Last week a couple of news stories made me look at my drinking water a little differently:
- The U.S. Department of Health and Public Services proposed that utilities sharply reduce the amount of fluoride being added to municipal water supplies, because many children are being exposed to levels that exceed recommendations. According to the Environmental Working Group (EWG), the risks of ingesting excess fluoride include dental fluorosis (pitted and mottled teeth), bone fractures and skeletal fluorosis, and possibly osteosarcoma (bone cancer), neurotoxicity, and disruption of thyroid function. Seventy-two percent of Americans currently drink fluoridated water.
- The EWG conducted a sample of hexavalent chromium – the carcinogenic chemical Erin Brockovich made famous – in 35 different community water supplies. They found the chemical in levels higher than California has declared “safe” in 25 of the communities. The National Institute of Health deems hexavalent chromium a “probable carcinogen”, because it causes cancer in laboratory animals. The chemical seeps into our water supply from steel and pulp mills and metal-plating and leather-tanning facilities, and through erosion of soil and rock.
Should we worry?
Are excess fluoride, hexavalent chromium, or the multiple other contaminants the EWG warns are in our water, including petroleum distillates, pharmaceuticals, and perchlorate a health threat worth worrying about?
“The United States enjoys one of the cleanest and safest supplies of drinking water in the world. Municipal utilities provide water that comply with existing state and federal standards in more than 92% of cases,” the EWG states. “At the same time, we also know that there are many unregulated contaminants in our nation’s drinking water.”
Many Americans are concerned. In a 2009 Gallup poll, 84% of people said they worry a “great deal” or a “fair amount’ about pollutants in their drinking water.
Can we protect ourselves?
The EWG recommends taking the following steps if you’re concerned:
- Learn about your water. You can find out what’s in your drinking water at the EWG’s tap water database, or by contacting your water company.
- Avoid bottled water. Bottled water often comes from municipal water supplies, and the glut of plastic bottles – we throw away 2.5 million plastic bottles every hour in the U.S. — further pollutes the environment.
- Buy a filter. The EWG recommends that Americans (especially pregnant women or parents mixing infant formula with tap water) consider buying a water filter. They give a rundown of different filters here. An inexpensive carbon filter will reduce many water contaminants, including lead and byproducts of the disinfection process, but it does not filter out fluoride or hexavalent chromium. A more expensive reverse osmosis filtration system reduces levels of most water contaminants. The EWG warns that we also absorb water into our bodies through bathing and showering, so you may want to consider filtering your bath water.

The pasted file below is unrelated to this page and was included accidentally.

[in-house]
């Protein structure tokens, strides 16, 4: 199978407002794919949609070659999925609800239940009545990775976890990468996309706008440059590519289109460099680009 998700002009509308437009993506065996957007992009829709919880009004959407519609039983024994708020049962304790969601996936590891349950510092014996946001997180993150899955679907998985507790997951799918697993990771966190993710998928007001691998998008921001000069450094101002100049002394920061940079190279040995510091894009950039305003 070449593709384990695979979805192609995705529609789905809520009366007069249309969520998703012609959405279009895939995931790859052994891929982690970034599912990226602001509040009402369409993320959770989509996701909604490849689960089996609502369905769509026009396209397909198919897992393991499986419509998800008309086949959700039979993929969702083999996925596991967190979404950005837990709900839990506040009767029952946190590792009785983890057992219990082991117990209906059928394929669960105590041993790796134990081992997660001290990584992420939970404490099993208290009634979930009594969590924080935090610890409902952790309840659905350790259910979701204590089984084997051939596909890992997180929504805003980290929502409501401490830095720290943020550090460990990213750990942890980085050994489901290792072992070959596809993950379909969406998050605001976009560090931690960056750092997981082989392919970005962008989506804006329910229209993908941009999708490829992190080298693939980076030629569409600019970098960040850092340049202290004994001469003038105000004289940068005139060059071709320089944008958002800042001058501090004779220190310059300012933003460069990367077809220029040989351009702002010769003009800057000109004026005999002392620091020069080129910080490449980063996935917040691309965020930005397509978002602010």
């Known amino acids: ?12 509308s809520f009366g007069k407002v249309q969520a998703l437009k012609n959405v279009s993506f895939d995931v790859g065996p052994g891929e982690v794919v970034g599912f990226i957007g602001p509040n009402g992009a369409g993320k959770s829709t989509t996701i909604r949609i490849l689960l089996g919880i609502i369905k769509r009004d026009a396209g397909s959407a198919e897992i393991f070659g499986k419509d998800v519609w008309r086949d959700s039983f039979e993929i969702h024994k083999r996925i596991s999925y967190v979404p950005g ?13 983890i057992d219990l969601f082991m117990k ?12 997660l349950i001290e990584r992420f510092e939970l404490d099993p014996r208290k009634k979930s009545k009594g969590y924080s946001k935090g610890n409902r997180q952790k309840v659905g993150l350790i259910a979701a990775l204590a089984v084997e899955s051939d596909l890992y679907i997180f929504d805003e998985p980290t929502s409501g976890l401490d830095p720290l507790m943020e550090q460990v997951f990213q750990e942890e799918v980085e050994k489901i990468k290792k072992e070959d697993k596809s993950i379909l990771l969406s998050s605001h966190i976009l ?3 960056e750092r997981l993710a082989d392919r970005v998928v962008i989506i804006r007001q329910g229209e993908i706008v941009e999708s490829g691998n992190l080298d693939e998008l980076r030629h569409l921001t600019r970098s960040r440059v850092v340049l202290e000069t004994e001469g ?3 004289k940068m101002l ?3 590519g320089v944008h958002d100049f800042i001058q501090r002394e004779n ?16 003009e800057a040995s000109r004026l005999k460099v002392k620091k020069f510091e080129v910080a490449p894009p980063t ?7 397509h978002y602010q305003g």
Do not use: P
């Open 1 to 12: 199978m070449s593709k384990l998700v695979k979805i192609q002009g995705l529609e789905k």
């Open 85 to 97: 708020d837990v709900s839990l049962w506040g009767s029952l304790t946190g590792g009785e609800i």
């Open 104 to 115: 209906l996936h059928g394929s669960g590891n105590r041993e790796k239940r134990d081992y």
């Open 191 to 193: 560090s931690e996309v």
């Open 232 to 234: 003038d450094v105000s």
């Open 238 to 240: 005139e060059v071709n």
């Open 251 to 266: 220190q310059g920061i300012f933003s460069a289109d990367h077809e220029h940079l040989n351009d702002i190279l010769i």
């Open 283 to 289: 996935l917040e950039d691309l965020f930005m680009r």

- Contact your public utility. If you’re concerned about contaminants or excess fluoride in your water, speak up.
If you want to limit the amount of fluoride you or your young children ingest, you can also:
- Reduce other sources of fluoride. Tap water is the largest, but not the only source of fluoride many of us ingest. You can reduce your children’s intake of fluoride in toothpaste, supplements, rinses, and food sources.
We don’t have fluoridated water in Eugene, or in most of Oregon, so I’m not worried about that. But the news about hexavalent chromium has made me wonder about the other untested and unregulated chemicals that could be in our drinking water. We don’t filter our water, but I’m starting to wonder if it’s a good idea. Of course, the real solution is for us to put pressure industries to find greener ways to do business and keep toxic chemicals out of our environment.
If you liked this post, check out more of my popular posts about health:
- Becoming Carcinogen Abolitionists
- The Healing Power of Trees
- Dandelions are Superfoods
- Simple Herbal Tonics: Brews for Beginners
What do you think? Do you worry about the safety of your tap water? Have you installed a water filter or a filtration system? I’d love to hear about it.